What does hypertrophy mean?

Hypertrophy is an increase in the size of cells that leads to an overall increase in the size of the tissue or organ. It is a non-cancerous change. Another word for hypertrophy is hypertrophic. In contrast to hyperplasia, hypertrophy does not result in an increased number of cells. Skeletal and cardiac muscle cells commonly undergo hypertrophy in response to increased physical demand and stress on the cells. During pregnancy, the muscle cells in the uterus undergo hypertrophy in response to increased hormone stimulation. Hypertrophy is described as physiologic when it helps or improves the way the organ or tissue functions. Hypertrophy is described as pathologic when it is caused by disease or leads to impaired function.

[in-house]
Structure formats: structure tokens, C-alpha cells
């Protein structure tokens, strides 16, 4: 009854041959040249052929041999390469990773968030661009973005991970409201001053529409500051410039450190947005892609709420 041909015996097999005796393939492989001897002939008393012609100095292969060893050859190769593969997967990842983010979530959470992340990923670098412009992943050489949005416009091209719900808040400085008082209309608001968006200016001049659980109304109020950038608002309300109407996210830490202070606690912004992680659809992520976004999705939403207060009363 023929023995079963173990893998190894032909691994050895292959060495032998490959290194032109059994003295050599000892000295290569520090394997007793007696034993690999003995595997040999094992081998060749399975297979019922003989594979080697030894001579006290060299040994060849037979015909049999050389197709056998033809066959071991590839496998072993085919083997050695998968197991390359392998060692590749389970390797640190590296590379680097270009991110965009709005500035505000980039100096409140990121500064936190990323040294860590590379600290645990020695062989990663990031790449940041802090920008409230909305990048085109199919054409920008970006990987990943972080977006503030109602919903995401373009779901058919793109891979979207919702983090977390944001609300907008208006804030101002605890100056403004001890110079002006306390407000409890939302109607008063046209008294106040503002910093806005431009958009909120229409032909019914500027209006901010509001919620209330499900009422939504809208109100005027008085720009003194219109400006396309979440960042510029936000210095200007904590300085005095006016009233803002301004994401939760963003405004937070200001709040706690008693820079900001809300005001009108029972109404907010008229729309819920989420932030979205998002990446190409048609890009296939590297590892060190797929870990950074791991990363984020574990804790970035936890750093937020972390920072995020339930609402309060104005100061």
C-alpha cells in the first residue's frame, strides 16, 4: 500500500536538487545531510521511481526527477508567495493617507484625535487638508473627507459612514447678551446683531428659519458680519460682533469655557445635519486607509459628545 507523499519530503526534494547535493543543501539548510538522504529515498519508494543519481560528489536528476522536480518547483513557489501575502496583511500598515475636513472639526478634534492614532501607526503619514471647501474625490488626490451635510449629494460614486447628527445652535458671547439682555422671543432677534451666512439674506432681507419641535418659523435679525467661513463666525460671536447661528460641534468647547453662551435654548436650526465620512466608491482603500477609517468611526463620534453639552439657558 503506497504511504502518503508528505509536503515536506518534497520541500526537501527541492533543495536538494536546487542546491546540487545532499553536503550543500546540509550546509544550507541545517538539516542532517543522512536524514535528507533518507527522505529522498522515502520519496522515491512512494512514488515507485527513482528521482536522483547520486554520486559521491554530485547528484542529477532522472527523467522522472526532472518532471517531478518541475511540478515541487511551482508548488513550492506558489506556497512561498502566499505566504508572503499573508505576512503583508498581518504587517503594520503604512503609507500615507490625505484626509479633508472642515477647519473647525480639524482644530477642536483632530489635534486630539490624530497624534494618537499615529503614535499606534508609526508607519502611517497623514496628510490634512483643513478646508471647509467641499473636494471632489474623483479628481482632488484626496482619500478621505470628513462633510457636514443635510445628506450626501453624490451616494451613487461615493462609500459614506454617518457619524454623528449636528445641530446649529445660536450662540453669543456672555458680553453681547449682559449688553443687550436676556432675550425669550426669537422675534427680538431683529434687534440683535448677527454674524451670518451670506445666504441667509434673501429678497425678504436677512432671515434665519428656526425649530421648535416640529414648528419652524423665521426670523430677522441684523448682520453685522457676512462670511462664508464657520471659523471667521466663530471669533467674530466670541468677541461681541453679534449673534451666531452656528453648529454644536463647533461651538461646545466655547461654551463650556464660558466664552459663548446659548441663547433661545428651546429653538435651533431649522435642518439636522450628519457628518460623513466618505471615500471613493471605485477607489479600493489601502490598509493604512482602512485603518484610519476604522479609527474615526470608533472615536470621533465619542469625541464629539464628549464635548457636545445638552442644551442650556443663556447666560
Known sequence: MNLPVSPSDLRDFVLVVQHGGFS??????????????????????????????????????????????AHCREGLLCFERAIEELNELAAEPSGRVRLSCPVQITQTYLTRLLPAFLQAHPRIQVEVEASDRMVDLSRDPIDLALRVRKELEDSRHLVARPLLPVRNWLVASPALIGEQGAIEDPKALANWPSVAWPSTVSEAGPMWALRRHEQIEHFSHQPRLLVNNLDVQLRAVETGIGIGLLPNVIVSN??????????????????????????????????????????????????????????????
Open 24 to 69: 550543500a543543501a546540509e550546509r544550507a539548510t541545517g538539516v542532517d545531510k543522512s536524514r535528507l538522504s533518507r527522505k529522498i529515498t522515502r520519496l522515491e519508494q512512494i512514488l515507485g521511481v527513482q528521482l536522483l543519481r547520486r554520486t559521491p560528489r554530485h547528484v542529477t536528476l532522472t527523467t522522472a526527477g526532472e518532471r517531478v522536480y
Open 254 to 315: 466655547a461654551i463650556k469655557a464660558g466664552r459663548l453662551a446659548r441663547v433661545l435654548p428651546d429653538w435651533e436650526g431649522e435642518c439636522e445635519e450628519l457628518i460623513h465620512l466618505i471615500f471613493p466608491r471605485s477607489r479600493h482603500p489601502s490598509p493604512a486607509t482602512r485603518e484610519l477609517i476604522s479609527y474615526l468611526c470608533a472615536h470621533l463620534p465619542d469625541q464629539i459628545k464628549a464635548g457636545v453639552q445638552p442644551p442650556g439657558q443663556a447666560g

Examples hypertrophy

  • Muscles: Physical exercise leads to skeletal muscle hypertrophy. This makes the muscles stronger and better able to handle physical stress.
  • Uterus: The muscles in the uterus undergo hypertrophy during pregnancy. This allows the uterus to grow along with the developing baby.
  • Heart: The heart can increase in size as a result of physical exercise, long-standing high blood pressure, obstruction to blood flow out of the heart, or genetic conditions that affect the growth of muscle cells in the heart.
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